Wednesday, July 7, 2010

James McWilliams on Vat Meat

This boar cart will seem primitive in a few decades.

James McWilliams has a thought-provoking article about vat-grown meat. Although he's a vegetarian (and many vegetarians strike me as irrational), he and I agree on many things.

I've thought about in vitro meat (and fat), and written about it previously. When we can produce meat (or tasty fat) in vitro, a number of interesting things will happen:
  • Battery chickens are going to be replaced. Pigs too. The bar to replace them is low.
  • We won't need as many pigs. They may get used in poor countries to dispose of waste, but in general, they won't have a place in our economy. The same thing that happened to horses and oxen will happen to cows, pigs and chickens.
My own feelings on vat-grown meat haven't changed, and are fairly similar to those of McWilliams: if it was possible to eat the food I want to eat without having to slaughter animals, I'd be happier. Of course, eating what I want to eat has required a lot more than just being willing to eat meat.[1]

The article mentions that some advocates of small agriculture are against vat meat. They fear that it will be worse for small farms. Perhaps it will - but is it really so great right now? Small farms producing commodities are always disadvantaged - because they aren't as efficient as their competitors.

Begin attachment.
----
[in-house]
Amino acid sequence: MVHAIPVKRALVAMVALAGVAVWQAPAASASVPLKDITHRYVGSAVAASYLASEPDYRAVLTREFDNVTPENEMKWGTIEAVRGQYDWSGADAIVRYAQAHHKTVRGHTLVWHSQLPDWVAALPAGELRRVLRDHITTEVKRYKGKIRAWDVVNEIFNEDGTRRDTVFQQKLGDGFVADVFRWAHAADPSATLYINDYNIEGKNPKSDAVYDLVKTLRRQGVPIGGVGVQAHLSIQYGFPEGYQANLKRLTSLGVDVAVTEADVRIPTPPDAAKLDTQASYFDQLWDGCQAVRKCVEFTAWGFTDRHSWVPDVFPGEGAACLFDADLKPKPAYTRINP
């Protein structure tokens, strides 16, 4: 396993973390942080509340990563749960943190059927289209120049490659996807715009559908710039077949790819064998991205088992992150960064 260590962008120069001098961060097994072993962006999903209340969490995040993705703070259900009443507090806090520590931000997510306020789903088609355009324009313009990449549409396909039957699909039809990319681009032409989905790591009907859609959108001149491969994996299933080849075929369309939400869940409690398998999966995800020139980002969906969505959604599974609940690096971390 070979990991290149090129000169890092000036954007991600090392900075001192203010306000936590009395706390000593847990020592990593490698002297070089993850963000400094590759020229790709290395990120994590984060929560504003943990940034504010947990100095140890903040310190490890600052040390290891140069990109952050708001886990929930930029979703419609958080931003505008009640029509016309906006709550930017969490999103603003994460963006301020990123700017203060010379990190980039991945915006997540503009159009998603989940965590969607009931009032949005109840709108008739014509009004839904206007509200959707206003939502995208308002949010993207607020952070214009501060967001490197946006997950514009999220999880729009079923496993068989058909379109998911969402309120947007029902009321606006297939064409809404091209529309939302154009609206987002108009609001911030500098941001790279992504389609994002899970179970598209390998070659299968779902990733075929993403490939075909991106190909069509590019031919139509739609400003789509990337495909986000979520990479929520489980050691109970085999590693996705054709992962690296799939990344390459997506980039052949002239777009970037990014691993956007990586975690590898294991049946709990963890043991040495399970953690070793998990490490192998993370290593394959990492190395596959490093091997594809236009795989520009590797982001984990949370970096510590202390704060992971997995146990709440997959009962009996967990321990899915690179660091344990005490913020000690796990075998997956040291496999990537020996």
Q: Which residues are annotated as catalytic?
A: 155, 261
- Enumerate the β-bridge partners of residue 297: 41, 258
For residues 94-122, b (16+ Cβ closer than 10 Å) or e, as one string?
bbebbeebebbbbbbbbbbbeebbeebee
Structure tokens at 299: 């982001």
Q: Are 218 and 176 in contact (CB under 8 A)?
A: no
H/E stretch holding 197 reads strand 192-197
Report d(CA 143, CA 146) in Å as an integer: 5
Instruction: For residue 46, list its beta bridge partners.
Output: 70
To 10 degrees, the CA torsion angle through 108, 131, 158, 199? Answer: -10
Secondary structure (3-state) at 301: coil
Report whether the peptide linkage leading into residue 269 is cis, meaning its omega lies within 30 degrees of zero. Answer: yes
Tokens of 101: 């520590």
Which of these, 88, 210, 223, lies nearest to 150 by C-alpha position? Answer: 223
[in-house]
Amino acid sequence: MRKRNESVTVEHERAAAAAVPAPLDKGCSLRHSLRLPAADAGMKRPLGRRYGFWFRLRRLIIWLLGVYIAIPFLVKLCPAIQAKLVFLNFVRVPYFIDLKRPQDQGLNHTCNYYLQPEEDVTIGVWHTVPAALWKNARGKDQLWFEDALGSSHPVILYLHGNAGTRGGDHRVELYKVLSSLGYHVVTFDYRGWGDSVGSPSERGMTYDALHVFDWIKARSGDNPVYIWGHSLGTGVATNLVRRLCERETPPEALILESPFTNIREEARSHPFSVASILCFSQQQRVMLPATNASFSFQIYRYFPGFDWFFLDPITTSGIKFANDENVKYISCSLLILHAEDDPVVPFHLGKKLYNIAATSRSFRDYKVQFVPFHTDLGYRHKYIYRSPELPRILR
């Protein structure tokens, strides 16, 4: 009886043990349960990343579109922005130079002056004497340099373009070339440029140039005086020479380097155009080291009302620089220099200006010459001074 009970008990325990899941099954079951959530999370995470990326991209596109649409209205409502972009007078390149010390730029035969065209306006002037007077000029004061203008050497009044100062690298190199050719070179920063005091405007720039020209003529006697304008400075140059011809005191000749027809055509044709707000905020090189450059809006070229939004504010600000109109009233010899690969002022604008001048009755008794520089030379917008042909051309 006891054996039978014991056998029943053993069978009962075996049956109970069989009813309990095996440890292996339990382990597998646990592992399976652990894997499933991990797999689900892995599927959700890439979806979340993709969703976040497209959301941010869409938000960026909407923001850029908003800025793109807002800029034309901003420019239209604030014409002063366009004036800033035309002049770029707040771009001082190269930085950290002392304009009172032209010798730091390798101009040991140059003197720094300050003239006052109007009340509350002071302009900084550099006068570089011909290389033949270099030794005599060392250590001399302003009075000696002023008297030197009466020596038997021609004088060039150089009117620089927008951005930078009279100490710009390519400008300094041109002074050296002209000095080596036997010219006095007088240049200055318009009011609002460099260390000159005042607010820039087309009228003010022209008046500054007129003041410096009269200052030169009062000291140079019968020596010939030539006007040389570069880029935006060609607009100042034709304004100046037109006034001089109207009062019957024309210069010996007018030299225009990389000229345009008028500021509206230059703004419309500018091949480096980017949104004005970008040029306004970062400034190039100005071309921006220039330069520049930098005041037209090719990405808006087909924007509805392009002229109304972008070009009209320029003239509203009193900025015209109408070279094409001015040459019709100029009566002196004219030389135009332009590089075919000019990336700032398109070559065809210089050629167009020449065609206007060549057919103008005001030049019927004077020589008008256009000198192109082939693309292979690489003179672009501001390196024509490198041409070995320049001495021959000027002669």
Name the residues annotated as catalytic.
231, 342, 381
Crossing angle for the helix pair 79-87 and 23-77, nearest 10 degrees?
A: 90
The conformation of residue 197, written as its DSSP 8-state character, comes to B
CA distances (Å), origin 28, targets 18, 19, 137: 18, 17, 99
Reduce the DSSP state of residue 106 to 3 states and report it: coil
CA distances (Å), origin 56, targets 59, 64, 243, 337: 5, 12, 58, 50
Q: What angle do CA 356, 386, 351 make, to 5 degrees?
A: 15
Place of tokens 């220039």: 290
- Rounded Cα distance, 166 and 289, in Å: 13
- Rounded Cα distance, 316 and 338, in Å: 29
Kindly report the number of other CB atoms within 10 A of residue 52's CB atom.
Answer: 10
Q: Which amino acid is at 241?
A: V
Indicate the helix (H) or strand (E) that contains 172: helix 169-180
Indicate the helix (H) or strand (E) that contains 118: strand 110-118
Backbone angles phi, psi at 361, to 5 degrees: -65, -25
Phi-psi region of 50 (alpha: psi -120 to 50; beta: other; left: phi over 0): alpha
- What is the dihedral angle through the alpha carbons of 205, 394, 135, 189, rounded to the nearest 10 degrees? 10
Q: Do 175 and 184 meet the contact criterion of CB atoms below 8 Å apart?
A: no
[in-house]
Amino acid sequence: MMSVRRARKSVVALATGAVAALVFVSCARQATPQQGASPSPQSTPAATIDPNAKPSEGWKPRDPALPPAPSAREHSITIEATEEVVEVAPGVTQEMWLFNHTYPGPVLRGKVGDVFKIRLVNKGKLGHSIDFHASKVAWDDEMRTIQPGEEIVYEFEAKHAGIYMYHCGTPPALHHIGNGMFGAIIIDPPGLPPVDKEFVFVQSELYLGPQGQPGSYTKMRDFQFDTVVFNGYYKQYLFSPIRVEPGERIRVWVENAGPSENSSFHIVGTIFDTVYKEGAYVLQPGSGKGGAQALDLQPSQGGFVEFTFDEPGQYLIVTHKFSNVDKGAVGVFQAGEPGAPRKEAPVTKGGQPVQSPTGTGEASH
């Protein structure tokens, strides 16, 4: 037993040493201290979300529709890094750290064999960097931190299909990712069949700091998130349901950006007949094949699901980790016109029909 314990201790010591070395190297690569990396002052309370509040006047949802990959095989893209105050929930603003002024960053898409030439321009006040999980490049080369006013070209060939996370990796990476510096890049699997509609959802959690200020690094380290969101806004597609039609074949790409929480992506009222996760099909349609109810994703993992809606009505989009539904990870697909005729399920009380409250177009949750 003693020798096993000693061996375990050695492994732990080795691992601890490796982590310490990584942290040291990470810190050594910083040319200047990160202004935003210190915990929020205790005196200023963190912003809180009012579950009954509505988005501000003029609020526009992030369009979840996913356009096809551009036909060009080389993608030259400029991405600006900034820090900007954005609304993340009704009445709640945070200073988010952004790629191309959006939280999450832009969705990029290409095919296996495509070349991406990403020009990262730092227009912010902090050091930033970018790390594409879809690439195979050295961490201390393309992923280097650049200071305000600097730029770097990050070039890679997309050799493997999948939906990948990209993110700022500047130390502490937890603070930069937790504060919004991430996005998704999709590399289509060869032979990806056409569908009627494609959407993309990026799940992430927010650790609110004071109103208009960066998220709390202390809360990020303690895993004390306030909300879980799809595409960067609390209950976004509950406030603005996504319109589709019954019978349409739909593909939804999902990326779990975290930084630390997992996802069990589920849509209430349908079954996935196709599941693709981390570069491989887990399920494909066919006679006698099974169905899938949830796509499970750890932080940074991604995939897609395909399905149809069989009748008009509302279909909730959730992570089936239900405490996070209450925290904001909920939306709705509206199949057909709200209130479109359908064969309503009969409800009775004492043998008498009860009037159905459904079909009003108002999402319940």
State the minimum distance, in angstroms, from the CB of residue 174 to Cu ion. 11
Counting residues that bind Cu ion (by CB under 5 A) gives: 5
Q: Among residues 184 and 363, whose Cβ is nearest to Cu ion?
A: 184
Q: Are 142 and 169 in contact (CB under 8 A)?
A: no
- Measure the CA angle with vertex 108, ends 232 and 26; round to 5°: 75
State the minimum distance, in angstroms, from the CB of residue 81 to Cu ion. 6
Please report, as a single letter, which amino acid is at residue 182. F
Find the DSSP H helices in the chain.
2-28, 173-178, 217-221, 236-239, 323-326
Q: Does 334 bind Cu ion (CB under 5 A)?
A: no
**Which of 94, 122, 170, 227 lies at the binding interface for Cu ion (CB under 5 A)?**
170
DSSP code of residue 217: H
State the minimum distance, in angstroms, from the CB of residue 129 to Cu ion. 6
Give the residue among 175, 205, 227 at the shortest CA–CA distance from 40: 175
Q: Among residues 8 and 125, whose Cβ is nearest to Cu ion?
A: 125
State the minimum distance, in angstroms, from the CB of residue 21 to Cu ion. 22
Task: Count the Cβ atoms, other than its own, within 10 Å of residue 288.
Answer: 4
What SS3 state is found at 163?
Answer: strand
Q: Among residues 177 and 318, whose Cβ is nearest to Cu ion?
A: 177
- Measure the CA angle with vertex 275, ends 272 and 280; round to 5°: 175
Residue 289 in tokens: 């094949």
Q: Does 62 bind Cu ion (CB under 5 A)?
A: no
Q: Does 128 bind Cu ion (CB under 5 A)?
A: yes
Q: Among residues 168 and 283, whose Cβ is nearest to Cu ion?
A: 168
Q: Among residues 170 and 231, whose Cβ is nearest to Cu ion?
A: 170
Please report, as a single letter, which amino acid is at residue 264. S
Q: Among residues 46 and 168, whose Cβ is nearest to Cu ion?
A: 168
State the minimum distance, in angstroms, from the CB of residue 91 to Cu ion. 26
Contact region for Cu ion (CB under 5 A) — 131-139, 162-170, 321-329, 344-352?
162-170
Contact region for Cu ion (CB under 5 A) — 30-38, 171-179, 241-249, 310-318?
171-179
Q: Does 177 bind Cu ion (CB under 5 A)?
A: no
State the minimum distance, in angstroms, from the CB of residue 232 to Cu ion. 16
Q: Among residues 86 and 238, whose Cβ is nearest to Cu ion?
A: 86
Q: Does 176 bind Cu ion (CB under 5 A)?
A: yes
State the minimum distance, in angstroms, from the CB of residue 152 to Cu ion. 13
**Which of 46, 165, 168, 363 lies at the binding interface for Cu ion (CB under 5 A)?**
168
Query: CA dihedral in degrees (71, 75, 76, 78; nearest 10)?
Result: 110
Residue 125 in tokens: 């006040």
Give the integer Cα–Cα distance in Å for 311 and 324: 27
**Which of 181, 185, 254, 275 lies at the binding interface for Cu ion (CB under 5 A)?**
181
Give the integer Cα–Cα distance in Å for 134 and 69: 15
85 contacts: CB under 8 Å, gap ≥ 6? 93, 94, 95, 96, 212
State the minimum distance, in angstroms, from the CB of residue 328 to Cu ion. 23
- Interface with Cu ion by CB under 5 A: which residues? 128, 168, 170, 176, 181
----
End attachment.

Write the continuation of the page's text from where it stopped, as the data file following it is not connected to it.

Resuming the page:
It is hard to see that vat meat is more of a threat than Big Ag to small farms.

As I have written before, my focus has always been on the food and processing, the people and the live pigs, not the farm (physical location of agricultural activity). I care about the food, not whether or not it comes from a big or small farm, or a farm that is 61 versus 60 miles away.

[1] If it had been possible to eat the products I wanted to eat without importing pigs and setting up a breeding, fattening and processing network, that would have been a lot more convenient. Unfortunately, you can't have Mangalitsa products without the genetics (because they really are special), special fattening techniques and processing techniques.

1 comment:

Anonymous said...

Read know your fats
old wisdom